Apple's "false and misleading" apology to Samsung has led to a court ordering the tech giant to cover all legal fees for the recently finished UK court cases.
After a British court found Samsung not guilty of patent infringement on a range of Apple products, the Silicon Valley based company was ordered to publish a notice on their official website acknowledging the verdict.
But Apple's half-baked attempt at clearing the water did not suffice, with the statement seemingly offering more credit to their own work and products rather than the lawsuit result.
As a result UK officials told Apple to edit the statement but the updated apology was re-coded and decreased in font to ensure very few read the admission.
Such tactics has led authorities to order the company to cover all legal fees in the case as a punishment.
While this is not unprecedented in UK law, the loser covering the winners' costs, it highlights the ongoing rivalry between the warring companies with Apple seemingly unwilling to accept any responsibility for their false claims.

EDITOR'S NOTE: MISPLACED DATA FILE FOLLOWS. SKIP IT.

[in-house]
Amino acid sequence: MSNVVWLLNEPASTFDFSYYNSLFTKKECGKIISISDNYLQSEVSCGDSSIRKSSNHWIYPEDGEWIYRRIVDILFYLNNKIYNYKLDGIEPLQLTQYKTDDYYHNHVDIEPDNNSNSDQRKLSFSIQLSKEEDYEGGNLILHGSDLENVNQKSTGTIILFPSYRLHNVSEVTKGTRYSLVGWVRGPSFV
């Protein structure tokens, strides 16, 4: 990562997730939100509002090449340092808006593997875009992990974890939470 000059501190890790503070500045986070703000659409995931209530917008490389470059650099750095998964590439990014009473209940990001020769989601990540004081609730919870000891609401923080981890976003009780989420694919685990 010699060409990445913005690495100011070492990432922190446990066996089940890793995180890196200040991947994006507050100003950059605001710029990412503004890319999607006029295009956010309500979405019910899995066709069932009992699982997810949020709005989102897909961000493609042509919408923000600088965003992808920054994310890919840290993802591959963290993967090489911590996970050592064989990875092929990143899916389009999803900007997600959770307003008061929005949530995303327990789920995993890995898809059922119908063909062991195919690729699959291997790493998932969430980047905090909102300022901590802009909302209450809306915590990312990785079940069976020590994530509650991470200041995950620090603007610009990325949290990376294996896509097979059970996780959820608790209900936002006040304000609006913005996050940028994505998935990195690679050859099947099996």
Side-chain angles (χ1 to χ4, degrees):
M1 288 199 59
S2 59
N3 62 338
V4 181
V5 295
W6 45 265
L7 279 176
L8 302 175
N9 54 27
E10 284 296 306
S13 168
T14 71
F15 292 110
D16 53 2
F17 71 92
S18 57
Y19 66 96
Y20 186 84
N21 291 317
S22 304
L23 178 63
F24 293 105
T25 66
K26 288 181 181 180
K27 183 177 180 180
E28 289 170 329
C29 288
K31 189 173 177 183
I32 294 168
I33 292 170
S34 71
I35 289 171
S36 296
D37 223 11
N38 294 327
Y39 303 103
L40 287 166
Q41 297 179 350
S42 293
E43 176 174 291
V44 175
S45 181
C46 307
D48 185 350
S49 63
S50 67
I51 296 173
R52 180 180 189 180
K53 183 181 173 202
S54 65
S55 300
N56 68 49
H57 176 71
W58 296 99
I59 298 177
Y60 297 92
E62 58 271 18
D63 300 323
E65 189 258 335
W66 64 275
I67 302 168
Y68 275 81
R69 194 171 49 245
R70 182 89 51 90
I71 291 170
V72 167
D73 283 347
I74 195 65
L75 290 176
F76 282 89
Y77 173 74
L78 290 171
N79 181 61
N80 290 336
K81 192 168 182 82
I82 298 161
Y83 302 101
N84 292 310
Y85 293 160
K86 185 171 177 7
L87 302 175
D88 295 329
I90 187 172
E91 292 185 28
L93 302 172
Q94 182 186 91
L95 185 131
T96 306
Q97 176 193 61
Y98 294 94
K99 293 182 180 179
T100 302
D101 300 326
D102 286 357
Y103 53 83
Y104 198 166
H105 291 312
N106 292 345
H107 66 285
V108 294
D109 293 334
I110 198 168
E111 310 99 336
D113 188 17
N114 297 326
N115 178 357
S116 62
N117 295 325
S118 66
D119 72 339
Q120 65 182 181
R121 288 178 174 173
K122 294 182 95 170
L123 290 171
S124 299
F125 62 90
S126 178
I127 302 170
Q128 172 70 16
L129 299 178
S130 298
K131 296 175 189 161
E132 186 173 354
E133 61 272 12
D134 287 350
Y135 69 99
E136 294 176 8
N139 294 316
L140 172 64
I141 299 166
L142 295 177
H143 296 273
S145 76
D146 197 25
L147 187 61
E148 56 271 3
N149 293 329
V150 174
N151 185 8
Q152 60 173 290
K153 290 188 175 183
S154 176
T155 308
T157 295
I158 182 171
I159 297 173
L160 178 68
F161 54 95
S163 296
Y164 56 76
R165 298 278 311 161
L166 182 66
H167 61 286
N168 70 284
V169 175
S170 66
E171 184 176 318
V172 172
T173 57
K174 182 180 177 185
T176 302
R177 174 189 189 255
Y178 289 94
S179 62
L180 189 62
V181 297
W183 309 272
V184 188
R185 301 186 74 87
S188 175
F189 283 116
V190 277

But after increased pressure Apple has now posted the following on their UK website:
"On 25 October 2012, Apple Inc. published a statement on its UK website in relation to Samsung's Galaxy tablet computers.
"That statement was inaccurate and did not comply with the order of the Court of Appeal of England and Wales.
"The correct statement is at Samsung/Apple UK judgement."
The correct statement subsequently reads:
Samsung / Apple UK judgment
"On 9 July 2012 the High Court of Justice of England and Wales ruled that Samsung Electronic(UK) Limited’s Galaxy Tablet Computers, namely the Galaxy Tab 10.1, Tab 8.9 and Tab 7.7 do notinfringe Apple’s Community registered design No. 0000181607-0001.
"A copy of the full judgment of the High Court is available here.
"That Judgment has effect throughout the European Union and was upheld by the Court of Appeal of England and Wales on 18 October 2012.
"A copy of the Court of Appeal’s judgment is available here.
"There is no injunction in respect of the Community registered design in force anywhere in Europe."
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